Archive for September, 2007

The Experience of a Lifetime!

Wednesday, September 26th, 2007

I just got back from my early season mule deer hunt. It was a huge success. I was able to harvest not the biggest deer that I have ever shot, but a deer that I am the most proud of! He is a very nice deer – but what really made it one of the best hunting experiences that I have ever had was the way in which I was able to take this animal. My hunt had it all.

  • Physically demanding,
  • Beautiful scenery,
  • Raging bull elk,
  • and last but not least … I found great deer.

It was by far the most physical hunting experience that I have ever had. If you have never done a back pack hunt, I highly suggest that you give it a shot.

Here’s how it went.

  • I started my hunting trip at 8:00 am Friday morning. By 2:00 I had reached my campsite.
  • After another thirty minutes I had camp set up and I was ready to settle in.
  • After a short nap and some great food, it was time to grab the binoculars and go do some glassing to figure out where I wanted to be opening morning. I was unable to locate any deer that evening, but I  knew that they were there because I had seen them on previous scouting trips.  I did spot several good bull elk and had a good time watching them practice for the upcoming rutting rituals.
  • So after working up my opening morning strategy, I headed back to camp to get ready for an early night. It got pretty chilly that night, in fact it snowed on me. However, I had plenty of company because the neighbors – the elk – were quite vocal for most of the evening.
  • The next morning found me glassing the shady side of a bowl that I had scouted the day before. Although it looked like a great area I didn’t see any deer.
  • As the sun got higher and it started to illuminate the area, I took a cue from the elk and started to retreat and follow the shadows. As I skirted the top of the ridge that I was on, the washes below me were still shadowed by the peak to the south of me.
  • As I continued glassing I spotted two bucks making there way to wash that was closest to me. I tried ranging the animals with my range finder, but they were still out of range. So I started skirting the ridge above them to try and close the distance. Just about the time I had run out of ridge, the deer decided to head down one of the drainages to try and get into the dark timber before it started getting warm. I figured it was now or never. The deer were still below me and they had absolutely no idea that there was anybody even close.
  • So, I took off my backpack and assumed the prone position using my pack as a good solid rest for my rifle.
  • It took me about 10 minutes of glassing to decide which deer I wanted to take.
  • I ranged him one more time. He was 510yds away. Now I know most people do not believe in shooting at an animal that far away and I would have to agree with most people. However, in target practice, I normally shoot up to 600yds on a regular basis. So I knew exactly what I was capable of as well as what my rifle could do. Luckily there wasn’t any wind whipping across the canyon, so I held 23” above the heart/lung area of the deer and squeezed the trigger.
  • I was unable to hear the slap of the bullet impacting on the deer, but I didn’t need to. The 180gr bullet entered high on the front shoulder and exited just behind the shoulder on the opposite side. The buck dropped in his tracks. The only problem was, was that he was standing on about a 60 degree grade, so after about 150yds of rolling down the chute, he came to a rest.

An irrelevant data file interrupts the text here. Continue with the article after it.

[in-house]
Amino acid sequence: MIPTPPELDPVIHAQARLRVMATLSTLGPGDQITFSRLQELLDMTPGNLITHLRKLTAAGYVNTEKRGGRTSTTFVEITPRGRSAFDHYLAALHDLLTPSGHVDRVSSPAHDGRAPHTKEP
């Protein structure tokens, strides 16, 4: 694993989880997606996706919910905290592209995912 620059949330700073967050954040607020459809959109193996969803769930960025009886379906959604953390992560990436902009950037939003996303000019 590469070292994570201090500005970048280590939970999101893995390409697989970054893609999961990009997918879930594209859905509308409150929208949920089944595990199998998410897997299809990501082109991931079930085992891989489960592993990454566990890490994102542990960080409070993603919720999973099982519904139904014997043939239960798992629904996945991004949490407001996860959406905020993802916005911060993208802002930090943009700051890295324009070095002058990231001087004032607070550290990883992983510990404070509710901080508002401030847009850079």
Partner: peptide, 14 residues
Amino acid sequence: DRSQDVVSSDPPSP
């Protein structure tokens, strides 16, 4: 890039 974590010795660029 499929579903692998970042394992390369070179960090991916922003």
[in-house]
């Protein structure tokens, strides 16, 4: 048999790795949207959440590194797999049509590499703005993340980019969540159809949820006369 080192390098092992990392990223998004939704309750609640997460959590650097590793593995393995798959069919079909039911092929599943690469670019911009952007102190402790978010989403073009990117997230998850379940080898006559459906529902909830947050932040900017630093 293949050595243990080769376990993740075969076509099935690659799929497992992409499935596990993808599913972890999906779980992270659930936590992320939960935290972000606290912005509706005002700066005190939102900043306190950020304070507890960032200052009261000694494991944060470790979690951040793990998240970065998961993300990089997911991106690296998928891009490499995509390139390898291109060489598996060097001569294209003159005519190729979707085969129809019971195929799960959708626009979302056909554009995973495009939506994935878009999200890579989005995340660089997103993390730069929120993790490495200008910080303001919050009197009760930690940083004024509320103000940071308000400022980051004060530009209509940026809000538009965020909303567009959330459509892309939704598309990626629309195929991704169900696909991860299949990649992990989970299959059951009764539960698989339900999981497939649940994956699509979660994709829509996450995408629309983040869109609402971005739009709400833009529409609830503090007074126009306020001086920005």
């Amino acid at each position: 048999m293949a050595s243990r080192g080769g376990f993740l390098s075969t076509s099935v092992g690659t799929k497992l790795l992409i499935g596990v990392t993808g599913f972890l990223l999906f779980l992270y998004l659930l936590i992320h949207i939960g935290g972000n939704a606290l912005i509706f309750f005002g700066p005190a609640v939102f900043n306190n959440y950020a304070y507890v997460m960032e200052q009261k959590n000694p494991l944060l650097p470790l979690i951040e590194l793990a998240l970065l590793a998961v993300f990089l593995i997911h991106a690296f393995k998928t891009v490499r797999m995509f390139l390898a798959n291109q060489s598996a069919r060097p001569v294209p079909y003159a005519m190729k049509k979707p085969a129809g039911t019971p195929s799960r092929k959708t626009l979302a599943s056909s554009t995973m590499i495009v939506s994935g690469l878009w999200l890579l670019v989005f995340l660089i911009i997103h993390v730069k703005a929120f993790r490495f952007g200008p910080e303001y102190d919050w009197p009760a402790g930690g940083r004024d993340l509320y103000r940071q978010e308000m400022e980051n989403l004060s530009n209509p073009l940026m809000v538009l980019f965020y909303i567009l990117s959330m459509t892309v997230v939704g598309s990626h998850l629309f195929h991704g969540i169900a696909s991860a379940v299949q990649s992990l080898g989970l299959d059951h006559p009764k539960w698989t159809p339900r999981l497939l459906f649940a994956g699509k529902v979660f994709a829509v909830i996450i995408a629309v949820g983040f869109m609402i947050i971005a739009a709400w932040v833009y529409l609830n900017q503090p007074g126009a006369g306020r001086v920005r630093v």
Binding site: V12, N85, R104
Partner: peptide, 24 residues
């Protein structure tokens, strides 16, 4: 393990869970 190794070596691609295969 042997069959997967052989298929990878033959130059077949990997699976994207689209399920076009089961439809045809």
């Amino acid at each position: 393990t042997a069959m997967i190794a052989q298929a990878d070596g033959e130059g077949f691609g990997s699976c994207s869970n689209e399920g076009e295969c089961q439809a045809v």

To say that I was ecstatic would be an understatement!

The next challenge would be to figure out how to get to him!

It was 7:30 opening morning and I had been lucky enough to have already gotten my deer.
The only problem was that he was well over 500yds away across some pretty rough terrain. So I decided to go back and pack up camp.
After packing up camp, I started making my way over to where the deer had fallen.
The only problem was, is that as I got closer the landmarks that I had used to pinpoint his location, they no longer looked the same!  So I spent a while glassing the rock slide until I was able to find him and make my way over to him.
Wow, was I pleased when I got up to him!
He may not have been the biggest deer in the forest, but I was sure happy to have him.
After taking some pictures, the real work began. I gutted him, quartered and then deboning the meat. I was 8 miles in and wanted to save weight anyway that I could!
So after that was complete, I put the meat into plastic bags and put it into my backpack.
Let me tell you, the first time that I picked that pack up and put it on my back, I told myself “YOU ARE OUT OF YOUR MIND!” I didn’t h
ave a scale but later on after I had taken the meat to the butcher, I figured that I had about 130lbs on my back and I still had a long way to go to get back to the truck.
Five hours, three gallons of water and god knows how many rest stops along the way I found myself back at the trailhead and my truck. I was exhausted, dehydrated, and basically felt like I had been kicked around by a mule, but there was no way to wipe the grin off of my face!
I had completed one of the most difficult hunts that I had ever been on and I was so excited that I almost wrecked my truck getting down the mountain so that I could get into cell phone range and call someone.
Hopefully one of these days I will be able to draw another tag and have the same great experience that I was able to have this time. If you ever get a chance to go on a hunt like this I would highly encourage you to.
Let me warn you though, it will definitely test your metal.
Good luck.